01 UX Qualitative Research
I graduated with an HCI degree and a minor in design in 2018. I (naively) believed that I was fully equipped to understand UX in business, outside of school, but it turns out I wasn’t! (Surprise!) Luckily, we never stop learning due to our peers, mentors, and random articles on the internet like this one. Since this is a time where my vulnerabilities and struggles are leading me to better understand research, I thought I’d document my learning process of how UX Research works in my everyday world of business!
To be honest, in college, I never thought about the difference between quantitative versus qualitative research in UX. Distinguishing their different purposes was never emphasized, especially because as college students, our main form of conducting research was talking to students around campus to collect data aka qualitative research. As a result, when I started my first job, I realized my quantitative research skills were lacking. I also realized that there are a lot of hidden details in qualitative research I didn’t know about that make it successful.
For this post, we’re going to focus on qualitative research exclusively. (I’m still building my quantitative research skills, so stay tuned for that!) Here are a few questions I had about qualitative methods and what I’ve learned so far:
How many participants do we recruit?
Qualitative research is typically with a much smaller sample compared to quantitative research. Exactly what this smaller number should be depends on the project (everything always depends on the project!!). This was another key factor that I didn’t really get much information on in college, but I’ve realized is a very important part of research projects. I’ve also realized that various researchers have various ways to determine this number.
For our team, we often determine this based on the number of segments we’re planning to incorporate in the research project. Segments are different classifications of groups — it can be a segment of adults and a segment of children or maybe a segment of gamers and a segment of non-gamers. We often have a few different segments in per research project to get a variety of perspectives. Recruiting around 4–5 people at the minimum per segment is a good start.
Also important are accounting for floaters/ over recruits! Life is life so sometimes people cancel or cannot make it to their appointed interview session. As a result, in order to keep our targeted recruit goal, we often make sure to over recruit 1–3 more people per segment than we needed. And if all our original participants made the sessions and there is no question about the results so far, we simply pay those over recruits without interviewing them. They’re sort of a safety blanket.
What are the different types of qual research methods can we do?
There are also various types of qualitative research methods, but just to name a few:
- Individual Interviews — the name speaks for itself, it’s a conversation between a moderator (the researcher) and a participant, one on one.
This is the research method I’m most familiar with. It’s like having a conversation with someone, but the questions are curated to produce relevant answers to the goal of the research. Seemingly simple, moderating can actually be quite complicated. There’s a fine balance between being the moderator and being a welcoming “friend” to the participant. I’ll talk about this in more detail on a different post.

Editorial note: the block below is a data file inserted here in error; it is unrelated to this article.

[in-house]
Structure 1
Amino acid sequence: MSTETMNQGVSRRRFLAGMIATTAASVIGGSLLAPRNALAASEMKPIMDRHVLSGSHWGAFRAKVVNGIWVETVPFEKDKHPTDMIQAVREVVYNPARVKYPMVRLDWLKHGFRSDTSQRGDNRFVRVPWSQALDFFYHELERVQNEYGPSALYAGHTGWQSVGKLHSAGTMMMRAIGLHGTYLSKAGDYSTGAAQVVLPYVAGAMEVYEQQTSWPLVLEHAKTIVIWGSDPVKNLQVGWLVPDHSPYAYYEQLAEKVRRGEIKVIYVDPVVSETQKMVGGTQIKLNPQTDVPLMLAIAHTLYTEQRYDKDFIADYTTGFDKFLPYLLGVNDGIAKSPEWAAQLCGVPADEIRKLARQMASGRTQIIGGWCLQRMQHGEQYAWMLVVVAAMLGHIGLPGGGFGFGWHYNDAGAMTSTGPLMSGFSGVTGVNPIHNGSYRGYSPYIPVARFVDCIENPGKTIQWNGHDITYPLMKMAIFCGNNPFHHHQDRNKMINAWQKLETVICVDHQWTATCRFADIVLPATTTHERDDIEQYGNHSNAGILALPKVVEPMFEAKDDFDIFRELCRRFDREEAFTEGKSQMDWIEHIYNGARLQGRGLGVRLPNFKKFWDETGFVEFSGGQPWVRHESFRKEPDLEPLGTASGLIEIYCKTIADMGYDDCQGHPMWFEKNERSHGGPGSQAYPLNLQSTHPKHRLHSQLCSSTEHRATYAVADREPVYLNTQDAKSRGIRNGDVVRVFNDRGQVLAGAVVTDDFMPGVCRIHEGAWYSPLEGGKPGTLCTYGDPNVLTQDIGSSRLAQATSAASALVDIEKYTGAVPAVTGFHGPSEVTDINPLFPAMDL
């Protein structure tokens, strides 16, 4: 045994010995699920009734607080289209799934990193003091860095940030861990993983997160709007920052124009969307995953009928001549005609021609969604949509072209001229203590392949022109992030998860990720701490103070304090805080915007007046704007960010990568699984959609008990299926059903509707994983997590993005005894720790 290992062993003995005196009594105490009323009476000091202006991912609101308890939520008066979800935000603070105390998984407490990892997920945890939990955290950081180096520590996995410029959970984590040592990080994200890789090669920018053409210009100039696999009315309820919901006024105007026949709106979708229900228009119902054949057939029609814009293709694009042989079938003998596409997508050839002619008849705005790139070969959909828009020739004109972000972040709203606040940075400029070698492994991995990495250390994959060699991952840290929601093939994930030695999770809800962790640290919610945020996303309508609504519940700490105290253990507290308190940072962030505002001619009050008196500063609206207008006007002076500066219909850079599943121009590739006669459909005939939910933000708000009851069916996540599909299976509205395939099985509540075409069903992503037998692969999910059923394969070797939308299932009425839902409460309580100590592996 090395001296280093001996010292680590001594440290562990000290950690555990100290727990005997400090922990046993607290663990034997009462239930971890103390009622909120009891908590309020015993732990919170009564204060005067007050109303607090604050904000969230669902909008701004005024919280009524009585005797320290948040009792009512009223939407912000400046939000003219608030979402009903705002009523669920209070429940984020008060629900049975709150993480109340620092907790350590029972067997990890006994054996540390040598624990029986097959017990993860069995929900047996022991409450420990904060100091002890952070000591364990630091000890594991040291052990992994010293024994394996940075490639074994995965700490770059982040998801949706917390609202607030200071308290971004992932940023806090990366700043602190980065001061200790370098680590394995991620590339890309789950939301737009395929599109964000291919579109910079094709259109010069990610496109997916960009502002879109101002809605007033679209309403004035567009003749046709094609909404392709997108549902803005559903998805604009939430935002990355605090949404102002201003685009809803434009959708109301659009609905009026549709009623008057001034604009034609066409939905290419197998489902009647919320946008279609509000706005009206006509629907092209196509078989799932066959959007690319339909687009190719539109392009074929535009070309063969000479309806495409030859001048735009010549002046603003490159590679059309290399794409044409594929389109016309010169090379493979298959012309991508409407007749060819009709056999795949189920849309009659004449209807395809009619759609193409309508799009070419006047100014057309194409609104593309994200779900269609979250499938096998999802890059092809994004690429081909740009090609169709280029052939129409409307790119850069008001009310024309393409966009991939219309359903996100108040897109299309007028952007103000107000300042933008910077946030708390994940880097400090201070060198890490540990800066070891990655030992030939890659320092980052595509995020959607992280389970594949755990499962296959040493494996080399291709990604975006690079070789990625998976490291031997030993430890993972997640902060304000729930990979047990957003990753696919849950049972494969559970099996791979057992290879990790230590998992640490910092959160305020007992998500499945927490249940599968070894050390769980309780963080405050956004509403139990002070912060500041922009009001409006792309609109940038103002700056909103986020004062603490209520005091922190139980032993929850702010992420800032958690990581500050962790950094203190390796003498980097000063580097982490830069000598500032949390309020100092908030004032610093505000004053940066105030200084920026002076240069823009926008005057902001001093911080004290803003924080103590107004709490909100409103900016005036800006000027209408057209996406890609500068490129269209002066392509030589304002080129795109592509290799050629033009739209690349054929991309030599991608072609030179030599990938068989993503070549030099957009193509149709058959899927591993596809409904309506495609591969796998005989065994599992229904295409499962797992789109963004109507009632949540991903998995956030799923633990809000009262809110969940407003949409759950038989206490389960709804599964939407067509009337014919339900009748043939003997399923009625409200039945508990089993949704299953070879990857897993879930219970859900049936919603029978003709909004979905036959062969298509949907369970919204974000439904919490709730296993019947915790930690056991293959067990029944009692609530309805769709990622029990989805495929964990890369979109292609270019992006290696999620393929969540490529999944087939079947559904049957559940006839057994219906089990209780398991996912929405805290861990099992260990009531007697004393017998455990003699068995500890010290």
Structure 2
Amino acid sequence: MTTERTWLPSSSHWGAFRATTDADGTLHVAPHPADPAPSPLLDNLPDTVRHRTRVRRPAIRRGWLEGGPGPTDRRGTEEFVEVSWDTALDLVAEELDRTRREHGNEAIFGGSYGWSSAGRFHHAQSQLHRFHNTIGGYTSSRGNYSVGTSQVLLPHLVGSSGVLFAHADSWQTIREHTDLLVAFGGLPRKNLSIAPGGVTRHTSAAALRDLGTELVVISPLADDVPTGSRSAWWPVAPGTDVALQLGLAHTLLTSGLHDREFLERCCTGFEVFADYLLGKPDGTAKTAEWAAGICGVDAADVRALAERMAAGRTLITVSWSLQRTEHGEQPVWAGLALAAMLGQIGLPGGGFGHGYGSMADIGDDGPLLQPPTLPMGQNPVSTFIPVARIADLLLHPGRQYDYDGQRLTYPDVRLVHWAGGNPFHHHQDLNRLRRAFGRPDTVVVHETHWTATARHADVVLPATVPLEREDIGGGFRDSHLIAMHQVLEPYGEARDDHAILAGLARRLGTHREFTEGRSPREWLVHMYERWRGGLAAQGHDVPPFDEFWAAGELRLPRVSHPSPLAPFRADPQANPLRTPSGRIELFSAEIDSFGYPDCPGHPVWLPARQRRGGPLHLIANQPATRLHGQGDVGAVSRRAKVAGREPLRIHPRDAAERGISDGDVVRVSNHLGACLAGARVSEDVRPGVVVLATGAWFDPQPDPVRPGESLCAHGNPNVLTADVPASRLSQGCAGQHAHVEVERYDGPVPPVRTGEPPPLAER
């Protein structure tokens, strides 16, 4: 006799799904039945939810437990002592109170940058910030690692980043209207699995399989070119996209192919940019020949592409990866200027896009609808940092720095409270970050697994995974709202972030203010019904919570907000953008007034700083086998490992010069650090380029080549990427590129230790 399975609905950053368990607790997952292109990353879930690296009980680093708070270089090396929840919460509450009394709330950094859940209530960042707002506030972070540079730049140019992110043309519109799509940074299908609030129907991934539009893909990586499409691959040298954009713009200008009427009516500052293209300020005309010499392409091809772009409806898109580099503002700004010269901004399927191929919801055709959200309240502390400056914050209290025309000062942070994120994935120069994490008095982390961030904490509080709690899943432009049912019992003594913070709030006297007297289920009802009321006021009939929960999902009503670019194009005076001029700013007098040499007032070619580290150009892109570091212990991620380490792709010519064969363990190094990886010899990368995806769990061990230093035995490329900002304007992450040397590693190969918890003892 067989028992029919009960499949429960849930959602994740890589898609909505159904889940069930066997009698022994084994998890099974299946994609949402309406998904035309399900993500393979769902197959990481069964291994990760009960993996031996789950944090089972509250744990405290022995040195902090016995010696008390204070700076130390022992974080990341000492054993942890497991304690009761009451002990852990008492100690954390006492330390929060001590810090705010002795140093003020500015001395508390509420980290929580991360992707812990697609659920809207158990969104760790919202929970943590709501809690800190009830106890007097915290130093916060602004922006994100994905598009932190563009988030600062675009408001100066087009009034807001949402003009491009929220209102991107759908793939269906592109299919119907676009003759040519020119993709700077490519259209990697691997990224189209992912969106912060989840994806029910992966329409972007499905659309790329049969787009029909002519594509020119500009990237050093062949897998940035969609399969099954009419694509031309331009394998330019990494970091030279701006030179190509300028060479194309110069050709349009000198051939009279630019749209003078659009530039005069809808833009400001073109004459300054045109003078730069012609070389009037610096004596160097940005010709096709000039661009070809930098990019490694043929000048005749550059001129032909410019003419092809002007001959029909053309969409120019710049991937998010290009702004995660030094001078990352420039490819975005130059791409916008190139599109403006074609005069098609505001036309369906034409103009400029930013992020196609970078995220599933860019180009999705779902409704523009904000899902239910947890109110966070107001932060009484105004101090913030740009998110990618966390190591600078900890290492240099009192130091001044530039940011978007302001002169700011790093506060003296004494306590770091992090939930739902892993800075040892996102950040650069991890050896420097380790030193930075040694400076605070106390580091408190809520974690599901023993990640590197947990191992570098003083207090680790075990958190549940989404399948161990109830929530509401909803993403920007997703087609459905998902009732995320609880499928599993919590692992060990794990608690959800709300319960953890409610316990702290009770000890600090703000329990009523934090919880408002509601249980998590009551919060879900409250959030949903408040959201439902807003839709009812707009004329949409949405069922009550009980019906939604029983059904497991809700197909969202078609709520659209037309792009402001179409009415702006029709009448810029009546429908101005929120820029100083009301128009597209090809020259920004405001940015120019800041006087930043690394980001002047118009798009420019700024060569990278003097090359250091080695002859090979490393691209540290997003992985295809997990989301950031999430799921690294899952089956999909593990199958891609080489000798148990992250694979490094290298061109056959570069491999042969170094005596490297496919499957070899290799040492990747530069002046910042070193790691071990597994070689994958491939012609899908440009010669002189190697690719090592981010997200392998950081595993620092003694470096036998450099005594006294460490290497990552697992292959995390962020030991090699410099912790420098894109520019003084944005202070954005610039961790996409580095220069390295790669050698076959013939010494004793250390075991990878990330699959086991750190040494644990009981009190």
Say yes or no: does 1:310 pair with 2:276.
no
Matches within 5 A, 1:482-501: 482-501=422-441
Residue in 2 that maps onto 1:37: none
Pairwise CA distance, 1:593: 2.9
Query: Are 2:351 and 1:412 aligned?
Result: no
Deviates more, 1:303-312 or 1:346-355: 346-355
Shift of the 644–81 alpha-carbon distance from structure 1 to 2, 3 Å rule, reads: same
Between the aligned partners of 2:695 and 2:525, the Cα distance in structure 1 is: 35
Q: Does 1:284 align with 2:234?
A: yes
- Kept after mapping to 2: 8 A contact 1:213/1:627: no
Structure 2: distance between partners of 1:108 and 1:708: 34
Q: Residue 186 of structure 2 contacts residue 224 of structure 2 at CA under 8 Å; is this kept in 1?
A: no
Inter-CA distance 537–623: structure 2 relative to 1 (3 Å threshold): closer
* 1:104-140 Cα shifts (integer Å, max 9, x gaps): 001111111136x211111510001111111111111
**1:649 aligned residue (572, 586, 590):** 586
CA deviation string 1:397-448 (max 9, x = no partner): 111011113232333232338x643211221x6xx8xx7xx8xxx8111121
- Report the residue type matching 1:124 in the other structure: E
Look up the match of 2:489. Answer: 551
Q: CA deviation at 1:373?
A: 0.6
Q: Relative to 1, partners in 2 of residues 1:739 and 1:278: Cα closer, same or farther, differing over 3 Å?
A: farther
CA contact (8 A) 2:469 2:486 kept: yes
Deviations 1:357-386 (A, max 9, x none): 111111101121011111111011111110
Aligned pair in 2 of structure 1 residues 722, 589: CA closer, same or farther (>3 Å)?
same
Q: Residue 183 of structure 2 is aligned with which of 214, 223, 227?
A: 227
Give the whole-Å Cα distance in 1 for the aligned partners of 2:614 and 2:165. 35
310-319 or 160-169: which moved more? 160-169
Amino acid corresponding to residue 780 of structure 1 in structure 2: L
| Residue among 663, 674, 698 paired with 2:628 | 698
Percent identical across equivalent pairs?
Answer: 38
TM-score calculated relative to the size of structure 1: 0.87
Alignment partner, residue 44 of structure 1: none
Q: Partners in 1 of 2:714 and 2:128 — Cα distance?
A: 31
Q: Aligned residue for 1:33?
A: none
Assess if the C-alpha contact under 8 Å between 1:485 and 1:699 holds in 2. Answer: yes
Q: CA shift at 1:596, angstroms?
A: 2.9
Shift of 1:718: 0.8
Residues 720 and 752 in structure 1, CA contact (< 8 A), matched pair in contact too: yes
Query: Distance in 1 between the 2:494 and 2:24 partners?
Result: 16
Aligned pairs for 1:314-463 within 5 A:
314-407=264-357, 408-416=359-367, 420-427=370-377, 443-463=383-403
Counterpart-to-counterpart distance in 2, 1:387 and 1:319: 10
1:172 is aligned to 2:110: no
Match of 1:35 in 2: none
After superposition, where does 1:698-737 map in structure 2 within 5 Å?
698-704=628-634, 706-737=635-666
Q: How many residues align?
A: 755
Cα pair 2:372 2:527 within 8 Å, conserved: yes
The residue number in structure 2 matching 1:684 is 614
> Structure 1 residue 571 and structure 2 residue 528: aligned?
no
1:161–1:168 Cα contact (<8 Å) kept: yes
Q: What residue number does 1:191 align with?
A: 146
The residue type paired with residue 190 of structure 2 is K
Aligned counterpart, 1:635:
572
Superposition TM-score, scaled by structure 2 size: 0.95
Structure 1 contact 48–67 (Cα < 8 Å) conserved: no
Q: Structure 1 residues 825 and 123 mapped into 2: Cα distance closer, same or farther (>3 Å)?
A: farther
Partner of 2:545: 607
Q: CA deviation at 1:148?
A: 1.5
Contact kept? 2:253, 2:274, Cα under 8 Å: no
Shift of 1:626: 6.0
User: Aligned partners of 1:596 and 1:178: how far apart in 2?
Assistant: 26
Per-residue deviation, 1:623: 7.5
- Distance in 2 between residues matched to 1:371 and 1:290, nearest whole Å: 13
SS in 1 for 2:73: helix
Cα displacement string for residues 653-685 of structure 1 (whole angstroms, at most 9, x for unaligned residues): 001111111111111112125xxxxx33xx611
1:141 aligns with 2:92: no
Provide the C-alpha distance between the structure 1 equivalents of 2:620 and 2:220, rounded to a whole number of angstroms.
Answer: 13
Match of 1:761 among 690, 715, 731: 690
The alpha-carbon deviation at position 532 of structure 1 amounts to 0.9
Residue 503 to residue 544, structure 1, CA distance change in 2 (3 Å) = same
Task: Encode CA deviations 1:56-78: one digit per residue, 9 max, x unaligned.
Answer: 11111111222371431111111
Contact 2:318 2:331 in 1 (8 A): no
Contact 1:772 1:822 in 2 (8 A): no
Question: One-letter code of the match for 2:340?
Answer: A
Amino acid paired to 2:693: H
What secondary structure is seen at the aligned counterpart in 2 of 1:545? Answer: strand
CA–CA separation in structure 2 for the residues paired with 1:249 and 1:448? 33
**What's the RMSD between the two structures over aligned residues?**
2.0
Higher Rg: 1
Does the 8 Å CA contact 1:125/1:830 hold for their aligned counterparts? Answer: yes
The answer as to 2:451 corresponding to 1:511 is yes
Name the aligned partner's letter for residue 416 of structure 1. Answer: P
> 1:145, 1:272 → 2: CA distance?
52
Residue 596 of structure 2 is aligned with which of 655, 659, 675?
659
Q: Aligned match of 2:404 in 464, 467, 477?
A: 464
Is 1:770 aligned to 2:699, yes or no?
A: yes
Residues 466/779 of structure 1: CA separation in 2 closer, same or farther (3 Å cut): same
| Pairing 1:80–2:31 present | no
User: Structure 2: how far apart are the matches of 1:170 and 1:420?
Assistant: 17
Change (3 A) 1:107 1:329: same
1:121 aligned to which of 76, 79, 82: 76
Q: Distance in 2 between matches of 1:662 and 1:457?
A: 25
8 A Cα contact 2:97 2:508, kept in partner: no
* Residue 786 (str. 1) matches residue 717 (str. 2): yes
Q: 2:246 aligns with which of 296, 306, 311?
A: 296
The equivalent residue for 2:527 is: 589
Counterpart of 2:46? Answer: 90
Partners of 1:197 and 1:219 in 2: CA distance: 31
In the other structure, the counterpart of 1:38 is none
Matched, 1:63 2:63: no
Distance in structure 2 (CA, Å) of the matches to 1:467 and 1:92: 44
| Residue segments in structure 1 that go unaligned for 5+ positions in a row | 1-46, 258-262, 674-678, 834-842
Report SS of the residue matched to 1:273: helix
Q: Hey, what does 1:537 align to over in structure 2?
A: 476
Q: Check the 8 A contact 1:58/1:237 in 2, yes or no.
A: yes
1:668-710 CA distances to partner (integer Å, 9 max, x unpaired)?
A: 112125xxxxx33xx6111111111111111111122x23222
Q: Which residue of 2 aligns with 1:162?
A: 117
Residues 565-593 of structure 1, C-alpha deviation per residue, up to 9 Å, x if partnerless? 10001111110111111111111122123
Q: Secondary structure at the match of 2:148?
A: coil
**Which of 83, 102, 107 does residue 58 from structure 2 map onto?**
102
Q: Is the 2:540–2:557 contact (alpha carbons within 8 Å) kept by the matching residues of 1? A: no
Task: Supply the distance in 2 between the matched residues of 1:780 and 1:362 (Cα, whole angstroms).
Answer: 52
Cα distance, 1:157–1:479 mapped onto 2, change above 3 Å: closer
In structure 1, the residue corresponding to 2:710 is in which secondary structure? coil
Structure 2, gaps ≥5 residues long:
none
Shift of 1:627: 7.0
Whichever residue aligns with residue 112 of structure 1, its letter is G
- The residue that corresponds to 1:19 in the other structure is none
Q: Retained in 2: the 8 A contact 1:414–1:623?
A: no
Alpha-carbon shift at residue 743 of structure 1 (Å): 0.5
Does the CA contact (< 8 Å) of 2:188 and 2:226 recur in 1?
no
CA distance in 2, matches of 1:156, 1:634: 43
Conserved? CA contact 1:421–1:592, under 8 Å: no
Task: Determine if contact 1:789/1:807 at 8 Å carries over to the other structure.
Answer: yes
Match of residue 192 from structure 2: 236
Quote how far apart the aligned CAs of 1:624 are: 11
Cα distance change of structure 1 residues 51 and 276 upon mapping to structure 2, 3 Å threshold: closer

Individual interviews are also the basic framework for other research methods like usability tests and participatory design sessions. At its core, individual interviews are conversations with someone else! Because of this, this type of research can be flexible and you can be creative with the way you have these conversations (i.e. bringing stimuli in, doing activities in the interview).
- Diary studies — this is a long-term research session in which participants are asked to document their activities, interactions, or feelings over a period of time. This research helps show how people do something or how they react to something in the context of their real life.
Though this requires a lot more time and effort in comparison to individual interviews, this type of research is sometimes necessary. Bringing people in to do interviews has the “lab-like” setting that can make things feel a little unnatural. The best way to get feedback is sometimes in the moment of someone’s everyday life. This idea of getting data in-context of someone’s life also leans into another qual research method known as ethnographic research.
- ….and much, much more!
Part of the fun of research is the innovation of the research designs. There is no cookie cutter answer of how to do qualitative research and when to do which method. Though there are guidelines of best practices, there is still room for creativity. At the very basic level, qualitative research is a conversation about a specific topic with someone. From there, you can mix and match and build a research plan as you see fit for your specific objective!
I want to emphasize this previous point because in the beginning, I kept getting caught up on making sure to choose the perfect research method for a particular project. There’s no such thing as perfect ((anywhere))! This previous mindset held me back more than it pushed me forward, so once I learned to be okay with the idea that there is no one right answer, I started allowing myself to be more creative. I’ve also learned that experience helps this a lot because referring back to old research and mixing and matching what you’ve done before is an easy way to get creative.
I still have a ton to learn on the different qualitative research methods, but I’m learning everyday. So join me as I continue this journey!